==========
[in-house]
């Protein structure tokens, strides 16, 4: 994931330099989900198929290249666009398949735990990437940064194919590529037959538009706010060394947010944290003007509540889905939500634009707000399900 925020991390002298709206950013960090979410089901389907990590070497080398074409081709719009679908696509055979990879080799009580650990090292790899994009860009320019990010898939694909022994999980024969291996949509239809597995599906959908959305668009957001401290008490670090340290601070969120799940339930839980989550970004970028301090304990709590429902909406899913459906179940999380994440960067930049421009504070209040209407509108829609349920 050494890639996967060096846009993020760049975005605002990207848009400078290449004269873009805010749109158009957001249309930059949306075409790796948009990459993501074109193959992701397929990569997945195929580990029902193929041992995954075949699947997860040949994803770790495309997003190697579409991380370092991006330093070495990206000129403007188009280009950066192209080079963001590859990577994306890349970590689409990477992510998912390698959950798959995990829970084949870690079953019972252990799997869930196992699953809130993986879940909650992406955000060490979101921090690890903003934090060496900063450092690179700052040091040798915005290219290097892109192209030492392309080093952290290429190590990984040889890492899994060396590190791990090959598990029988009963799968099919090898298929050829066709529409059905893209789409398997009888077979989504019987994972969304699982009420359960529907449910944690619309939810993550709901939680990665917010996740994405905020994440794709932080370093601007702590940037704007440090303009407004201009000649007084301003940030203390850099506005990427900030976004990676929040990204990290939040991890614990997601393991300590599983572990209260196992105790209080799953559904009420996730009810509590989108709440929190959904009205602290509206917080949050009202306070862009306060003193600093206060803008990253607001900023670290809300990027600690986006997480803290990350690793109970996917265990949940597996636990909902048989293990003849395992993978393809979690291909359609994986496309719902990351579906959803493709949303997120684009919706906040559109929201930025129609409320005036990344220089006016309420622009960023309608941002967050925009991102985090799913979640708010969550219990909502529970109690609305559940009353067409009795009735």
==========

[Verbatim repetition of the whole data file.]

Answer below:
[in-house]
């Protein structure tokens, strides 16, 4: 994931330099989900198929290249666009398949735990990437940064194919590529037959538009706010060394947010944290003007509540889905939500634009707000399900 925020991390002298709206950013960090979410089901389907990590070497080398074409081709719009679908696509055979990879080799009580650990090292790899994009860009320019990010898939694909022994999980024969291996949509239809597995599906959908959305668009957001401290008490670090340290601070969120799940339930839980989550970004970028301090304990709590429902909406899913459906179940999380994440960067930049421009504070209040209407509108829609349920 050494890639996967060096846009993020760049975005605002990207848009400078290449004269873009805010749109158009957001249309930059949306075409790796948009990459993501074109193959992701397929990569997945195929580990029902193929041992995954075949699947997860040949994803770790495309997003190697579409991380370092991006330093070495990206000129403007188009280009950066192209080079963001590859990577994306890349970590689409990477992510998912390698959950798959995990829970084949870690079953019972252990799997869930196992699953809130993986879940909650992406955000060490979101921090690890903003934090060496900063450092690179700052040091040798915005290219290097892109192209030492392309080093952290290429190590990984040889890492899994060396590190791990090959598990029988009963799968099919090898298929050829066709529409059905893209789409398997009888077979989504019987994972969304699982009420359960529907449910944690619309939810993550709901939680990665917010996740994405905020994440794709932080370093601007702590940037704007440090303009407004201009000649007084301003940030203390850099506005990427900030976004990676929040990204990290939040991890614990997601393991300590599983572990209260196992105790209080799953559904009420996730009810509590989108709440929190959904009205602290509206917080949050009202306070862009306060003193600093206060803008990253607001900023670290809300990027600690986006997480803290990350690793109970996917265990949940597996636990909902048989293990003849395992993978393809979690291909359609994986496309719902990351579906959803493709949303997120684009919706906040559109929201930025129609409320005036990344220089006016309420622009960023309608941002967050925009991102985090799913979640708010969550219990909502529970109690609305559940009353067409009795009735």